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Album Review: Creeper – Sex, Death & The Infinite Void

Creeper offer a glimmer of light amid the gloom of 2020 with their bold and bright new album…

Question: is there another rock act in the UK operating on anything even approaching the same level of creativity that Creeper are at this moment? Hugely doubtful. Alongside already heightened expectations, the country’s most unapologetically inventive band have blown the competition away with their second album, Sex, Death & The Infinite Void.

They do so by daring to be different, daring to be great, daring to be ridiculed. The point is they dare, and the fruits of the enterprise have produced something that feels like a genuine, artistic one-of-a-kind achievement. Though the history books will show that this is a record released in the grip of the execrable bin-fire that is 2020, these are timeless songs that bear the hallmarks of the many pioneers who’ve paved this path, all threaded together with a masterful touch. Where in the past Creeper would, on occasion, rest on influences a little brazenly, they’ve learned how to draw from their record collections and incorporate the best bits into their own Technicolor vision.

That results in reminders of the glammed-up rush of Roxy Music and David Bowie, or the art school-esque smarts of Suede, Pulp, Mansun and The Divine Comedy. In contrast, there’s an underpinning clenched-fist Jim Steinman-era Meat Loaf-like pomp. You can spot hints of The Bangles, Blur, Supergrass, Queen, Prince, The Protomen… the list goes on, frankly. Remember when the term ‘horror-punk’ seemed like a sufficient summation of what the South coast gang had to offer? This is the purest expression of punk rock’s spirit that they’ve offered to date, yet musically they’re oceans away from those comparatively shallow waters.

If the coquettish camp of The Rocky Horror Picture Show is your idea of a good time, or you’ve enjoyed the morbid-idiosyncrasies of a John Waters movie, the lovingly-crafted universe evoked by Sex, Death & The Infinite Void might just feel like home. Imbued with endless passion, colour and a carnival of glorious sound, it’s a musical marvel. Grandiose and melodramatic as it is, the thing about aiming for something great is, it’s easy to look like prats if you fall short. But this is a record bookended with recitals courtesy of goth-punk legend Patricia Vanian (The Sisters Of Mercy). It encompasses natural stylistic swerves, where luscious strings, doo-wop, timpani drums and saxophones are the norm now. Nothing seems misplaced either – the clutch of songs the world has heard so far are a mere teaser of the diversity on offer.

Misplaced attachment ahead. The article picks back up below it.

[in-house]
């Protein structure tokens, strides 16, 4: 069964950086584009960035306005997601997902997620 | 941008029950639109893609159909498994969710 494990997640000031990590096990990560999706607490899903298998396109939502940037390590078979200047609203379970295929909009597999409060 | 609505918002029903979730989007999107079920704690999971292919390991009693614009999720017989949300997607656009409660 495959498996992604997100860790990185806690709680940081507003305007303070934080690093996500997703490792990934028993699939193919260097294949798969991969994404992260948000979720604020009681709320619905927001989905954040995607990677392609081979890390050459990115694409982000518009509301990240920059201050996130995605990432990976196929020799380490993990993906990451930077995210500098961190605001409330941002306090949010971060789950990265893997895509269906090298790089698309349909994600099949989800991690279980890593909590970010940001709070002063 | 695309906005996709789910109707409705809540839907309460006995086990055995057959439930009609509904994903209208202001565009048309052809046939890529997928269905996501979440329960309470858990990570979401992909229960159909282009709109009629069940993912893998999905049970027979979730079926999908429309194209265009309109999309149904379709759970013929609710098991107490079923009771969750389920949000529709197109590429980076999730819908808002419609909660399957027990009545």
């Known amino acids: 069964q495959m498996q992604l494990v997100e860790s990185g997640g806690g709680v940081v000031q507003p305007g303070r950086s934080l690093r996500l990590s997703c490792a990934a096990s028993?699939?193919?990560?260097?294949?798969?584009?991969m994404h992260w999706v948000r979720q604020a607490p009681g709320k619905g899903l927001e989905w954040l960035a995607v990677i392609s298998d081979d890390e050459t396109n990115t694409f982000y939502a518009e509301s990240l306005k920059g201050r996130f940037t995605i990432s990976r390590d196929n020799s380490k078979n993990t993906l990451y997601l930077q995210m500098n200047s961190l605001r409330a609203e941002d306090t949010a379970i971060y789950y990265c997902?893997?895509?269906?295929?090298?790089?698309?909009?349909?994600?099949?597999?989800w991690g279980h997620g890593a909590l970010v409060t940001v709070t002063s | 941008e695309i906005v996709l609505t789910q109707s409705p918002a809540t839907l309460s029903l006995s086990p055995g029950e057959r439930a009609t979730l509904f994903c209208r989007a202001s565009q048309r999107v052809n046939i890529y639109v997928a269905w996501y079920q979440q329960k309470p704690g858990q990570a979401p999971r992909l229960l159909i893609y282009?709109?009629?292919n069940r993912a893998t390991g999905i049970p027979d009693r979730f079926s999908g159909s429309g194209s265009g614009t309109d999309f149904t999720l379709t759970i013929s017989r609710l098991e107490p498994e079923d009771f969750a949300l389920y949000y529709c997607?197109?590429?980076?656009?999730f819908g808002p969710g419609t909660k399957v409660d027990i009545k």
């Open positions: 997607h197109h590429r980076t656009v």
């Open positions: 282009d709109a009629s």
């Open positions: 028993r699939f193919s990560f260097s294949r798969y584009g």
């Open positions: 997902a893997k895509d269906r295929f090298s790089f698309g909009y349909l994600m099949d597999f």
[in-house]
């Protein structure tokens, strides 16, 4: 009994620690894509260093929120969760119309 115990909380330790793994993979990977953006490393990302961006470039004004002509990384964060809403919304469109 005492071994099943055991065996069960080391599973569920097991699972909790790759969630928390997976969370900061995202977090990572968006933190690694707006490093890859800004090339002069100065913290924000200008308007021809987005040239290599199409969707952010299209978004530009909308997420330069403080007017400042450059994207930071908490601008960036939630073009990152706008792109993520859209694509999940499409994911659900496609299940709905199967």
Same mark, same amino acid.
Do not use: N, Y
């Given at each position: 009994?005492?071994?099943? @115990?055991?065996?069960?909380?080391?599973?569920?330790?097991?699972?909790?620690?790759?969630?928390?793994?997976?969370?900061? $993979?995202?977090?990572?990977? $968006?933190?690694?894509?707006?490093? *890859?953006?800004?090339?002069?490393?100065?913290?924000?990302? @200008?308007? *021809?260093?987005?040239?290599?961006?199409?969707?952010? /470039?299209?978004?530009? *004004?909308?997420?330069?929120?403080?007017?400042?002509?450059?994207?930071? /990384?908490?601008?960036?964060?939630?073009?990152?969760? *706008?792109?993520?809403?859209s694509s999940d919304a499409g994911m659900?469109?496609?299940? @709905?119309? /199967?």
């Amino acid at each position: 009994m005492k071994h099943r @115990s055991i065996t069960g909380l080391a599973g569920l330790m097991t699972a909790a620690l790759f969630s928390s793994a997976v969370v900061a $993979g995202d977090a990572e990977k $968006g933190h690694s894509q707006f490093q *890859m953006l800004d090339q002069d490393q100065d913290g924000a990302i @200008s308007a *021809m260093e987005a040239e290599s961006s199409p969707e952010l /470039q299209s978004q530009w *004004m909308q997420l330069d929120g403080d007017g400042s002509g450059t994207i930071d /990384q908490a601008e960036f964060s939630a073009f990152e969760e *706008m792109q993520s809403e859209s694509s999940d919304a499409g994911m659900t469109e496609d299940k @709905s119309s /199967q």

There’s fantastical, otherworldly reach rooted in the very real lyrical bloodletting too (check that ‘Getting high has got us all so low’ moment on closer All My Friends, for instance). Frontman Will Gould – his croon a little Lurch, a little Gomez Addams these days – holds court with easy grace, closely accompanied throughout by Hannah Greenwood, with the pair’s vocal interplay settling into a gorgeous melancholic groove by the time the dirgy duet of Four Years Ago breaks your heart. Musically, the band are in their element at every turn, providing muscle or delicacy as required.

Admirably aiming high when so many seem content to play it safe and follow the footsteps of their peers, this a wonderful rollercoaster of a record that puts Creeper way out on their own. It wears its palpable love of music and art with a glossy pride and it deserves an audience that’ll cherish and unpack its layers for a long time to come.

Verdict: 5/5

For fans of: Grave Pleasures, Meat Loaf, The Protomen

Sex, Death & The Infinite Void is out on July 31 via Roadrunner Records – pre-order/pre-save your copy now. Creeper Con takes place from 10:30pm (UK), 11:30pm (central Europe), 5:30pm (New York) and 2:30pm LA on July 30 at creepercon.co.uk.

Posted on July 29th 2020, 12:10pm
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